Balancing family life with training: how it worked for me

Raj Kainth explains why he started working less than full time to spend more time with his family, and how it has made him a better doctor.

It was a very easy decision to move from full-time working to less than full time (LTFT) in the middle of my ST6 (specialty training) year: it coincided with the birth of my daughter. I love working with children - it's why I became a paediatrician - and I wanted to share the moments of her growing up.

At work I was more energised, more focused and generally happier... it has been challenging too

Working LTFT has meant I can devote more energy to different parts of my life. With reduced out of hours shifts, I was at home for more evenings and weekends, and my three fixed working days a week I always knew in advance when I could go to baby classes and and kids' theatre shows. My wife returned to a four-day working week and so we always had a family day once a week.

Less time at work also meant I wasn’t exhausted after several long shifts and out of hours in the week. This had a positive impact at work as I was more energised, more focused and generally happier. That said, it has been challenging too, especially when less clinical time has meant reduced continuity of care and on occasions being on the back foot when I am expected to know what has happened to patients on my days off.

I needed to ensure I was proactive for things like supervised learning events, scheduling clinic time and, sometimes, working on projects outside of work time. The first job I had when working LTFT was in a department I knew very well and staff with whom I felt incredibly comfortable, so this naturally made the transition easier. When I switched to a new department after a year, it took me much longer to get up to speed with some processes and meeting other staff members; even several months in, I was still meeting new people so it was hard to feel completely settled. 

My biggest learning has been about me. I have had to find new ways of working at work, trying to maximise time at home and making the most of time off. As my daughter is older, responsibilities have changed, and I am still able to be involved in nursery drop-offs, homework and bedtime.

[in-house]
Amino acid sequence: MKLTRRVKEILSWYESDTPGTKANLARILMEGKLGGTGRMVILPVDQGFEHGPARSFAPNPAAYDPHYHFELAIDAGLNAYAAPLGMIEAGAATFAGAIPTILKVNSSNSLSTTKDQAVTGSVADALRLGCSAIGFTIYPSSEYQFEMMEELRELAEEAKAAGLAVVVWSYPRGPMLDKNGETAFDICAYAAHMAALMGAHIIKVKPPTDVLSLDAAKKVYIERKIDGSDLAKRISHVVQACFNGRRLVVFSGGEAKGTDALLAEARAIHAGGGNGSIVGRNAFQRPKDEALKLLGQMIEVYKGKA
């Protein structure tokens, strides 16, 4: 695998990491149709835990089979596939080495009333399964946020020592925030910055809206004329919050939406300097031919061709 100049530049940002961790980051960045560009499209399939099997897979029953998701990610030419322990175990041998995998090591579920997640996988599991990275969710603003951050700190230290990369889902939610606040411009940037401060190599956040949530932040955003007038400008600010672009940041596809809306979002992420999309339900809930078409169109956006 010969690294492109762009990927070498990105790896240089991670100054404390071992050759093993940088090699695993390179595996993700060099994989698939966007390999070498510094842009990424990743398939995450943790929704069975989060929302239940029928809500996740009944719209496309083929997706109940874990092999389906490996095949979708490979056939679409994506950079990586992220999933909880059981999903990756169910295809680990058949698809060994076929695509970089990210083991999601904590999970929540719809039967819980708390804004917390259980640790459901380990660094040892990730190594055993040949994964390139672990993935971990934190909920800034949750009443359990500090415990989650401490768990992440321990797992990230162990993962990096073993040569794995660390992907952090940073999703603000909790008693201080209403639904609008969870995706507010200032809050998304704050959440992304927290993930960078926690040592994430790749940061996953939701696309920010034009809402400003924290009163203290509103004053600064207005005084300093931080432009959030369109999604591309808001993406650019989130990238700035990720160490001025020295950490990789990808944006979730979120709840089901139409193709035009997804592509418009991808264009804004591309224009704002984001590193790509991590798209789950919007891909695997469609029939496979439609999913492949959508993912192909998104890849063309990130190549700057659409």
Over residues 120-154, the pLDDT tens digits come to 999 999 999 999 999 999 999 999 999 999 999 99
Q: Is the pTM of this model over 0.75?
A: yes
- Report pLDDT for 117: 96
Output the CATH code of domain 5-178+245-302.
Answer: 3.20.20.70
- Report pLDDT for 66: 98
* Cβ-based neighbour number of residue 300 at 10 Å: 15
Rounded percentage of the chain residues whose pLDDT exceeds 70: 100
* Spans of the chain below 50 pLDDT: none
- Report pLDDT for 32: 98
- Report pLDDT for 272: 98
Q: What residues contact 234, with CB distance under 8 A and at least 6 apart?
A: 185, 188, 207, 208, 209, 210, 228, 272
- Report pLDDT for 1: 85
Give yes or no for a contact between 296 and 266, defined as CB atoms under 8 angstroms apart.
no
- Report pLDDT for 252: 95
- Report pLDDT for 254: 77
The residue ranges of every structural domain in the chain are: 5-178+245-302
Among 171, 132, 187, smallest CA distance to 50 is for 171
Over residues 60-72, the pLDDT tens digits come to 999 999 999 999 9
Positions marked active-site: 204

I often bring in my experience when speaking to parents of patients

Becoming a parent has also given me new insights into some of the challenges the parents of our patients face. That fear that your child is unwell is indescribable, and so one of the big changes has been to spend more time in appreciating this aspect of paediatrics: the need to explain things and listen to the concerns of parents. I often bring in some of my experience when speaking to parents let them know that it is normal and quite right that they have lots of questions and worries.

I believe that my role as a paediatrician is to understand the perspective of parents as well as caring for the child, and being a father has helped me see this a little more clearly. One of the biggest aspect of paediatrics for me is the emotions parents show and so at times, when I do spend time with families and can sense their emotions, it can be challenging. Yet, this is also now become one of the most rewarding parts of my job. 

Often, I am asked if it has been hard because of the financial constraints; I answer it reflecting on my experience. I wouldn’t exchange all the experience, better health, happiness, more time with family and a bit more freedom if someone offered me £20-30k for a year.

We may have to make financial sacrifices but being at home with family is what matters to me.

Find out more about how you can get involved in RCPCH global child health programmes, and read our guidance on working less than full time.

Interested in applying for a post in paediatrics? Read our guidance for ST1 and ST2 posts.